Is it OK to interject a naming question here? I've been an avid reader of this blog and love reading all of your comments! Well, our baby girl is about 2 weeks old and I'm having possible namer's remorse! We named her Josephine but now after reading more on the name, it seems many people view it as mascueline or just not pretty in general. Esp. if she ends up w/the nn Jo, which to me is a boy's name. I want our little girl to have a beautiful, femenine name. I know others' opinions shouldn't matter but really, to me it does matter if people - esp. our daughter - will not like her name and esp. we don't want her being teased over it. I *thought* Josephine/Josie would fit in well among today's more popular names but maybe not. Thing is, now we've used Josie for a couple weeks, I'm not sure she "looks" like an Ayla or Elisabeth (nn Ellie), the other names we'd have in mind to change it to. I just cannot decide what to do! Thought it was just postpartum hormones giving me second thoughts on the name, but if I'm still worried about it at this point, it may be more than that and if we're going to make a change it has to be soon. Also thought about changing to Jocelyn so the nn Josie could stay, but I do like Ayla better than Jocelyn. I could also see her as a Bella but not wanting to use Isabella now. I can just "see" it more than w/Ella - something about the hard constanant sound I think, if that makes sense? Well anyway.. would love any thoughts. Thanks for reading.

111
By hyz
July 20, 2009 3:18 PM

Confused Mama--I think lots of people go through a period of doubt or whatever after naming their child--obviously everyone wants the very best for their kid, and for those of us to whom naming is important, naming your child can just feel like this *enormous* decision, and that makes it really easy to second guess whether you picked the "right" name. And coming at it from the other direction, I think Josephine (with or without the nn Josie) is an absolutely gorgeous name--beautiful, strong, and feminine. Josie will surely fit in well with other kids around her, too (I actually know one darling young Josephine nn Josie, and I feel like I've heard of lots more--it certainly isn't a strange choice!). Personally, I like it *far* more than Ayla or Bella--I think it sounds much more classic, and is more flexible and interesting (she can be Josephine on resumes, Josie in general, and can pick from a number of nns later to find something that fits the person she wants to be). I like Elisabeth and Jocelyn a lot too, but I really think the name your daughter has now is wonderful, and I wouldn't change it unless you really feel for some reason that it's not right for her. But don't let some rude people's opinions get you down--Josephine is a lovely name!

112
July 20, 2009 3:29 PM

Confused Mama: I think you first instinct was right: Josephine/Josie will fit right in with all the Ellies and Sadies of today. I think any person fully aware of the huge responsibility of naming another person will feel a some of that namer's remorse--how could you not second-guess yourself?--but I think you can be confident that you didn't do you daughter a disservice. Josephine is a wonderful, strong, lovely name.

And, for me at least, Jo isn't a boy's name. Jo will ALWAYS be smart, imaginative, adventurous "Little Woman" Jo March. It's hard to get more feminine that that--even when she cuts off her hair.

113
July 20, 2009 3:49 PM

Confused Mama--count me in as another fan of Josephine! I too think of Jo March from Little Women, and I know a few Josies and think it's a really cute option too.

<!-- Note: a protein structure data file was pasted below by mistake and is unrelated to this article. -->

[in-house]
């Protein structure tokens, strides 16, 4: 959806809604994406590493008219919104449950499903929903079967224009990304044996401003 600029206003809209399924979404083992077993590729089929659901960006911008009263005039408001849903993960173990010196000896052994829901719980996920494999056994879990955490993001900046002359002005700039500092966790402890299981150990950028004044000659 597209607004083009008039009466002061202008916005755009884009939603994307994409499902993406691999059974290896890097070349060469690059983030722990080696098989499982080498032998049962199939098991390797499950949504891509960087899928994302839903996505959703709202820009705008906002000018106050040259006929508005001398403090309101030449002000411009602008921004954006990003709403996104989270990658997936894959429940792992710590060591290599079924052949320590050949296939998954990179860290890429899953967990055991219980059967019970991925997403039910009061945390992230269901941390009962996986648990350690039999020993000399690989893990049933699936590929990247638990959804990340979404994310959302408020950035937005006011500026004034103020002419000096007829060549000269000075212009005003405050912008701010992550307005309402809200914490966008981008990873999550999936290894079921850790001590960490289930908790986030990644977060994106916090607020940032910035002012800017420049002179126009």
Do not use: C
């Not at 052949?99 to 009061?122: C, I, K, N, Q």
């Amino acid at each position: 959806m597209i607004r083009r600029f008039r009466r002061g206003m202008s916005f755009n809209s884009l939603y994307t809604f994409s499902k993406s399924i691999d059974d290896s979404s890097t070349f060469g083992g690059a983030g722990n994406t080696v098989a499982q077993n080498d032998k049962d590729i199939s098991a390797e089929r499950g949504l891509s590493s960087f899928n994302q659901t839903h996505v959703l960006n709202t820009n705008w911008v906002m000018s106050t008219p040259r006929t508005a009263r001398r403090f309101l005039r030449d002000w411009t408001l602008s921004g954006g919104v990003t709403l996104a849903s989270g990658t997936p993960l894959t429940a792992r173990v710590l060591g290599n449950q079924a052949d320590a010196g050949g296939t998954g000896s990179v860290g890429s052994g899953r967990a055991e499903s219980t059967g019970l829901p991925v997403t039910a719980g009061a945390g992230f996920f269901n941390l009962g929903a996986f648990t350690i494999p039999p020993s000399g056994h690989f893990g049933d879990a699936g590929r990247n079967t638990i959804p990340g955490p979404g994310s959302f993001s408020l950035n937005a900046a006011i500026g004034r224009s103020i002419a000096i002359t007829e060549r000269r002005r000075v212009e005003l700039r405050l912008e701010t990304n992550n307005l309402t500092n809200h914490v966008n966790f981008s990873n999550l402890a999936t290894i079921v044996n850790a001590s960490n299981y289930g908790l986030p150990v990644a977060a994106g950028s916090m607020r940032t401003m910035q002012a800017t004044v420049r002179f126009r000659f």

Re: Sincere Sin City, I know of a little girl (daughter of a friend of a sister) named Cay3nne Chili Pepper. Yup. Cayenn3 itself doesn't seem so bad, you might miss the pepper reference if it weren't for the middle name, but in combination it's kind of astounding.

Pyewacket--I'd also add very similar sibling names to the list of variations that aren't derivations...I know a guy named James who has a sister named Jamie, which is just as bad as a Caterina Kathleen in my book!

114
By Amy3
July 20, 2009 4:04 PM

Confused Mama, another Josephine fan here! I have a friend whose 9-yr-old daughter is a Josephine, nn Josie (and is just now starting to be called Jo, I think). I find Josephine to be the absolute opposite of a "masculine" name. It's a beautiful and strong name for a girl that will age wonderfully with her. She has a range of nns she can opt to use, or she can stick with Josephine. And it *will* fit in perfectly with many of the currently popular names.

Re: namers' remorse, I think it's easy, esp after you've had the baby and the name becomes so much more prevalent--you're using it with the baby, you're sharing the name--to begin to think you may have made a mistake. And I agree, NEs may be particularly prone to this. I found myself paralyzed very early on by a seemingly ridiculous alliteration among my daughter's three names that I now think is part of what makes her name beautiful.

115
July 20, 2009 4:04 PM

Josephine is a great name! I know one Josephine Anna, who goes by Joanna. You could perhaps create a nickname by blending her first name with her middle, but I'm partial to Josie. I've always loved that name.

116
July 20, 2009 4:22 PM

A naming story I just had to share!

http://www.wral.com/news/national_world/national/story/5614634/

It's about a woman named Kelly Hildebrandt who is engaged to a man named Kelly Hildebrandt. They through Facebook because the female Kelly googled her name and found the male Kelly.

117
By knp (not verified)
July 20, 2009 4:23 PM

I think you should stay with Josephine. it is a classic, pretty name. Maybe you just haven't found the right nickname? I like the idea of combining with her middle name.